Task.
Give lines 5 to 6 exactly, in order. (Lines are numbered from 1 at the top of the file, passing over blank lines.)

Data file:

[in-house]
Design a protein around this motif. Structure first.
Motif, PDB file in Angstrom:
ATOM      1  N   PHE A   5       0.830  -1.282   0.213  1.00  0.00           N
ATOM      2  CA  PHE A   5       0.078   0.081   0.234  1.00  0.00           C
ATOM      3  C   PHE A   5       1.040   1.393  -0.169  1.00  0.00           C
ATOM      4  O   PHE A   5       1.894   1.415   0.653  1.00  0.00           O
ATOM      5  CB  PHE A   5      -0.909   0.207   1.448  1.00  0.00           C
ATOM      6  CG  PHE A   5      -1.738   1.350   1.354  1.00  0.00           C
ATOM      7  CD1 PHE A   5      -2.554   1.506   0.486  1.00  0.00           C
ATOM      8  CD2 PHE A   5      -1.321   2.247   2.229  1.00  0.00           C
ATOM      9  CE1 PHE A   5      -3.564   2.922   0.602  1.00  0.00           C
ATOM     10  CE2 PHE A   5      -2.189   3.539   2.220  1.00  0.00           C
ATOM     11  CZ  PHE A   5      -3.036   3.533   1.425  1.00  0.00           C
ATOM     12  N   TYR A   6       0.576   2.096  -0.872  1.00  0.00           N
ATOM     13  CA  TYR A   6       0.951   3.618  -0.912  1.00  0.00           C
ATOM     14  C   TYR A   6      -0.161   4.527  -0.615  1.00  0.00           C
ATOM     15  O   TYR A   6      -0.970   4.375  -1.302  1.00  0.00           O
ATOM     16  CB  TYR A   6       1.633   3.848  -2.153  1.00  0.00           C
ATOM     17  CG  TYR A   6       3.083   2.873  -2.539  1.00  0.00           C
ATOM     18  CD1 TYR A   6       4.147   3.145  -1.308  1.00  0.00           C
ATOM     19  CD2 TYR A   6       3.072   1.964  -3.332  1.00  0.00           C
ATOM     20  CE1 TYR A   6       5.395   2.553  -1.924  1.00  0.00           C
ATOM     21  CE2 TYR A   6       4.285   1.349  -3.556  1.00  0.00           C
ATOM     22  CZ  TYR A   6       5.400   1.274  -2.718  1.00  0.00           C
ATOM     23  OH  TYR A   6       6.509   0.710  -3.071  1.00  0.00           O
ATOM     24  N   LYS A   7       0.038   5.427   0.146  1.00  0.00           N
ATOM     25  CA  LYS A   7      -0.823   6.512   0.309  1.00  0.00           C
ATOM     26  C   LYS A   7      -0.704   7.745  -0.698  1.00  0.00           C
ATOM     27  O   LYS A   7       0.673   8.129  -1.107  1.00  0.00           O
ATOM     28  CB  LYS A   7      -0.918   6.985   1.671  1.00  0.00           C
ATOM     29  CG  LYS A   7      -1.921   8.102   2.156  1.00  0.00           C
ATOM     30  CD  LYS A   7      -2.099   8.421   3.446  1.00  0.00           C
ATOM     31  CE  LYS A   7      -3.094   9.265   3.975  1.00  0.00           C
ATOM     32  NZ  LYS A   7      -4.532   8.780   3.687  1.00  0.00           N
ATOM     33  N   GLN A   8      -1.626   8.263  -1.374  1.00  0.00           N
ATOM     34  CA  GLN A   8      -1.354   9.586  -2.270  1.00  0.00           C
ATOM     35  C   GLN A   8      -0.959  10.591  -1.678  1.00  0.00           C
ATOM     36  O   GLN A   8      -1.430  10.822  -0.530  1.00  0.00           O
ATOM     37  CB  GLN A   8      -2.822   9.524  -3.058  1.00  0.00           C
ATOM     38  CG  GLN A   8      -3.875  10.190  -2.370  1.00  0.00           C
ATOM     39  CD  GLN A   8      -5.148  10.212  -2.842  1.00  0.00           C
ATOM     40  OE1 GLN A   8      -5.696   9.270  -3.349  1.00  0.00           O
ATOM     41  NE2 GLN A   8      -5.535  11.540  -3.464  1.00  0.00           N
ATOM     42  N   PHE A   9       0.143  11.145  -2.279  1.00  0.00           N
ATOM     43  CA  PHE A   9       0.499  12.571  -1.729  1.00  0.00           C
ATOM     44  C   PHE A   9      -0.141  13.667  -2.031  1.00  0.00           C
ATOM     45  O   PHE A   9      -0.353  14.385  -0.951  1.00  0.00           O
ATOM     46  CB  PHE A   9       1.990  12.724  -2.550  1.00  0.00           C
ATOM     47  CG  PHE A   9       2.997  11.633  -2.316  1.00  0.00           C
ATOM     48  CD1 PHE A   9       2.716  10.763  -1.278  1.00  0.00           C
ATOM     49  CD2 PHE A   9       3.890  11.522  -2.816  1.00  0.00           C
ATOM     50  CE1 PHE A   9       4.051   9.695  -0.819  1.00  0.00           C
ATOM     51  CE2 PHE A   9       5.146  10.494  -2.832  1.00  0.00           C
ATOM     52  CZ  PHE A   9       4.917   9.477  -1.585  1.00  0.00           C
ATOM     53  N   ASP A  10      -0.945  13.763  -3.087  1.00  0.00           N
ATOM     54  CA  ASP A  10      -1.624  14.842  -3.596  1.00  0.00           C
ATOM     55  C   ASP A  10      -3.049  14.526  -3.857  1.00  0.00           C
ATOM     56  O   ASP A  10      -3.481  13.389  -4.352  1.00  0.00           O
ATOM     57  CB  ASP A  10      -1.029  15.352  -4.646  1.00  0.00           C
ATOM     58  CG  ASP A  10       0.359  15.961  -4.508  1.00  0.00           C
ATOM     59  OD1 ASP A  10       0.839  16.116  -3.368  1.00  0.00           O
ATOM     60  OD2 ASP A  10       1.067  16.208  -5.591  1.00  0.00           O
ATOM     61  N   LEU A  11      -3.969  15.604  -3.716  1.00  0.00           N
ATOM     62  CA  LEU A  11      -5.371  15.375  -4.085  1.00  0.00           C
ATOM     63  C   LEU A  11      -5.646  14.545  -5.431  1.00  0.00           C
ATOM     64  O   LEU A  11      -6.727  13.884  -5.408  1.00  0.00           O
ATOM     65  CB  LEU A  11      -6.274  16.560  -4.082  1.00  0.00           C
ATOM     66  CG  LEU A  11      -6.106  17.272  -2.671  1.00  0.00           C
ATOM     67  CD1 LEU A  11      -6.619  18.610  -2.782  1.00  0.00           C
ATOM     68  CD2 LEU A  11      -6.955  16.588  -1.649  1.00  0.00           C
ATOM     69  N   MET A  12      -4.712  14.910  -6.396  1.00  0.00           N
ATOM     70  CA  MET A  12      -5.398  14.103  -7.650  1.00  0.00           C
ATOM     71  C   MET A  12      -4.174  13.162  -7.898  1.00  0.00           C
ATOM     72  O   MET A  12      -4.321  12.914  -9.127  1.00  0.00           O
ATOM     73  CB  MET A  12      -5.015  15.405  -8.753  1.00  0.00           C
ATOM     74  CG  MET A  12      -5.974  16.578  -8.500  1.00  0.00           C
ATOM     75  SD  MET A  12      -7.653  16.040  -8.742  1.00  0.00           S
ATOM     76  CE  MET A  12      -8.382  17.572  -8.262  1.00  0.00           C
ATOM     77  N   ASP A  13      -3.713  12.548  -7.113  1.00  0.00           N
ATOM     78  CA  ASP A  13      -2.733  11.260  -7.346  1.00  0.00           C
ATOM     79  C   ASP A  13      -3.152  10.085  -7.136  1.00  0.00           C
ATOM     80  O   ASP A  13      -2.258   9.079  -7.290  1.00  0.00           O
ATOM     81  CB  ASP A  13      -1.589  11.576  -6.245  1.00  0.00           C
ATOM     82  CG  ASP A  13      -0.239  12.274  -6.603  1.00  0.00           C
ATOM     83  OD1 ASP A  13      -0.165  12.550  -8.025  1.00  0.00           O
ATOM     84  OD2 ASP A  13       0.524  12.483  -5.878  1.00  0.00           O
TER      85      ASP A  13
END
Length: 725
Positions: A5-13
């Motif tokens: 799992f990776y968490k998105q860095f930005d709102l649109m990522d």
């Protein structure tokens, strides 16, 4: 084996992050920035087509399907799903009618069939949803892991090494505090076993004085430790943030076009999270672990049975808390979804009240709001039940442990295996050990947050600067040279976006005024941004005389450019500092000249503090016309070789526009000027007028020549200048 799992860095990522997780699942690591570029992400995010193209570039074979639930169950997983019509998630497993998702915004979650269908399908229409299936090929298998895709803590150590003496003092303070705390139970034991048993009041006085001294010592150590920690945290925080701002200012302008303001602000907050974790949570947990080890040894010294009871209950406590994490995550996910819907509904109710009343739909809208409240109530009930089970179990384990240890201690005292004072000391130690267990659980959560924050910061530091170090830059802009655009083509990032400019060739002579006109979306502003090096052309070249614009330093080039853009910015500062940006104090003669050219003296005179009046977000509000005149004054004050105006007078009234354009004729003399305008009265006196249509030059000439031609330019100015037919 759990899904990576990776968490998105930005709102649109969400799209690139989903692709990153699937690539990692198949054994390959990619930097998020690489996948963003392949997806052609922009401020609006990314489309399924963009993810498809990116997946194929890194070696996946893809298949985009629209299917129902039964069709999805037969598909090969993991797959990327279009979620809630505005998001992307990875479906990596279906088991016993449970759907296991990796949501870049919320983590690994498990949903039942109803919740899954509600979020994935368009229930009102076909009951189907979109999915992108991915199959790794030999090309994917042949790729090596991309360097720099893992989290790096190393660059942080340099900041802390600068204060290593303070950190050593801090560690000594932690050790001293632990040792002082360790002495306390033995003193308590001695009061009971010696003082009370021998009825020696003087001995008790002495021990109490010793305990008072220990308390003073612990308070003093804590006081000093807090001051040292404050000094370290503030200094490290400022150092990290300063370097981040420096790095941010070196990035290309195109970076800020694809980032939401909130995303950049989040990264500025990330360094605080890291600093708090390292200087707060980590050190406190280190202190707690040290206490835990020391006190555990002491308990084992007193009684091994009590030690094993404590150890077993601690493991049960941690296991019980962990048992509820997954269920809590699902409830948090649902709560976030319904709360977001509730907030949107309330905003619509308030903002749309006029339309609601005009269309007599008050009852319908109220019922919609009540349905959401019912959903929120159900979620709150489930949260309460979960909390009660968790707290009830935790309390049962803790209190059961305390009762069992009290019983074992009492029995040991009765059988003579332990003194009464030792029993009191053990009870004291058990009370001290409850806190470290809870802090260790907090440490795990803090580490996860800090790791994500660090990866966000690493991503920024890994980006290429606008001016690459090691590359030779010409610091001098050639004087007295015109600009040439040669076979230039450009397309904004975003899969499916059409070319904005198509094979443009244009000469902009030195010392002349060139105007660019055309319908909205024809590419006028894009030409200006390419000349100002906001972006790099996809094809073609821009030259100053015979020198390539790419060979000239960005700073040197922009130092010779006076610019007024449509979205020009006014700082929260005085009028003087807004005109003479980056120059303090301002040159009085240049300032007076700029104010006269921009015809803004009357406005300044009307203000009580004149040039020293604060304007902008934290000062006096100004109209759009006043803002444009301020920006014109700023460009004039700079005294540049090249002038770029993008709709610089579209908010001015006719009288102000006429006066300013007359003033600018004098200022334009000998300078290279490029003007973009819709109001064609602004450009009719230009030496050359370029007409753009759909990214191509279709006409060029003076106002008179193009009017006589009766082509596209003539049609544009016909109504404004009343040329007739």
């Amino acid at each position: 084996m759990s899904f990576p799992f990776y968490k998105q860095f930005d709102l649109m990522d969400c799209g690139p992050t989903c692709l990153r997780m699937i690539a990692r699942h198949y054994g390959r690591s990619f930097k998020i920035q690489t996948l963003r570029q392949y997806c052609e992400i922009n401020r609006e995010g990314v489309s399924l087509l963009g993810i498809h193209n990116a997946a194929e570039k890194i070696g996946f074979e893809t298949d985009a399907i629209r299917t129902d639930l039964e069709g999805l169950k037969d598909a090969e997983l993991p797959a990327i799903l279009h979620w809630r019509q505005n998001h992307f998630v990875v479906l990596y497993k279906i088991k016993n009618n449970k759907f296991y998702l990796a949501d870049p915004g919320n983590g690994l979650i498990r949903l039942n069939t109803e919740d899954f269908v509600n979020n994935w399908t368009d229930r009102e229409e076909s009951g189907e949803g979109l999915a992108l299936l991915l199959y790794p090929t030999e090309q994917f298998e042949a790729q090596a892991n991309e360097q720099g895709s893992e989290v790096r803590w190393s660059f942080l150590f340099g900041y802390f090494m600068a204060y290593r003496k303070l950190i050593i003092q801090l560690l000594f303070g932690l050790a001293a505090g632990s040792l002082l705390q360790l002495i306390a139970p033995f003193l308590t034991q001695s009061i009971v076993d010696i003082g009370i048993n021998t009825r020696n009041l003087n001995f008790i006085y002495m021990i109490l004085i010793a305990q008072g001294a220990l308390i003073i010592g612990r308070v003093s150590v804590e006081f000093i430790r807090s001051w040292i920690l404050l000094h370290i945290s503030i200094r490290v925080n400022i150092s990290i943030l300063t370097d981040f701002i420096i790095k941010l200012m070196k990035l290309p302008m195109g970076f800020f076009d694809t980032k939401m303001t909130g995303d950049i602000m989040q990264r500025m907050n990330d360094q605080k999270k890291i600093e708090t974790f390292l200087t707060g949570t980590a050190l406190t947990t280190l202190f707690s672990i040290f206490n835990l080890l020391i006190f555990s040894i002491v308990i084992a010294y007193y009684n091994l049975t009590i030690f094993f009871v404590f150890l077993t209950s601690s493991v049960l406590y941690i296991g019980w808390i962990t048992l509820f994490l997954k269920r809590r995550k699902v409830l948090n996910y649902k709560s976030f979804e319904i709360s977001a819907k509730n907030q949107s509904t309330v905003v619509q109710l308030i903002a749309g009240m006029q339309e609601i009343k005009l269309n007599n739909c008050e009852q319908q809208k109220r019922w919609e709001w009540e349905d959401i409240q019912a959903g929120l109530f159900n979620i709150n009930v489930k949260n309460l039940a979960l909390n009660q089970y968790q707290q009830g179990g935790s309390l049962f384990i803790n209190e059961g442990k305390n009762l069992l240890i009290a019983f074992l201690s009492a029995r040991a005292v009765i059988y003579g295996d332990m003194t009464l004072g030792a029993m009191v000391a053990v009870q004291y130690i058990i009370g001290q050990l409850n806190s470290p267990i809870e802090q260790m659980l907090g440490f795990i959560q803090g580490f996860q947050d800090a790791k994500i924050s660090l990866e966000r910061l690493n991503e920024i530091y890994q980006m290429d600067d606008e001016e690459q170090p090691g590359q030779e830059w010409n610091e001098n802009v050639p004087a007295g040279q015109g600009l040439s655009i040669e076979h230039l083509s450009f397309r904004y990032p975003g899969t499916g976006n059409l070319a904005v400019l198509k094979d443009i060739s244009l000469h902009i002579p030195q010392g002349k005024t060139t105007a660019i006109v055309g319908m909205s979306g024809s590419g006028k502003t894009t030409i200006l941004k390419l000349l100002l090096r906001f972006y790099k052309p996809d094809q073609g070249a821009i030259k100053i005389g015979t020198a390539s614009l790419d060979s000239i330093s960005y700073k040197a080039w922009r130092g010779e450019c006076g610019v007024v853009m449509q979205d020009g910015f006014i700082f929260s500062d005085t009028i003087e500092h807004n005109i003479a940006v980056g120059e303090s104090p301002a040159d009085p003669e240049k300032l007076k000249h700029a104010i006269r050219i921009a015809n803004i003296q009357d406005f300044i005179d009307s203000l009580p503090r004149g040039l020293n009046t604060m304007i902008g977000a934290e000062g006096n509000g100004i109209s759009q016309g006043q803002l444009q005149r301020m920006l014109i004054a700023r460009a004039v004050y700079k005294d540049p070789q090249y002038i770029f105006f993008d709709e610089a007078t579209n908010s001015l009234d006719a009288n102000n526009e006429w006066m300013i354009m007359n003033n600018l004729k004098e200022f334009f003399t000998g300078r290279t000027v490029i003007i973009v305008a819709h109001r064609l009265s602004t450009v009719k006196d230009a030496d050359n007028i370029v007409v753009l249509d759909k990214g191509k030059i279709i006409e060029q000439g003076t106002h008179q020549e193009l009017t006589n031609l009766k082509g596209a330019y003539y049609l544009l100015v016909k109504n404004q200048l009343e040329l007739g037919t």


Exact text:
ATOM      2  CA  PHE A   5       0.078   0.081   0.234  1.00  0.00           C
ATOM      3  C   PHE A   5       1.040   1.393  -0.169  1.00  0.00           C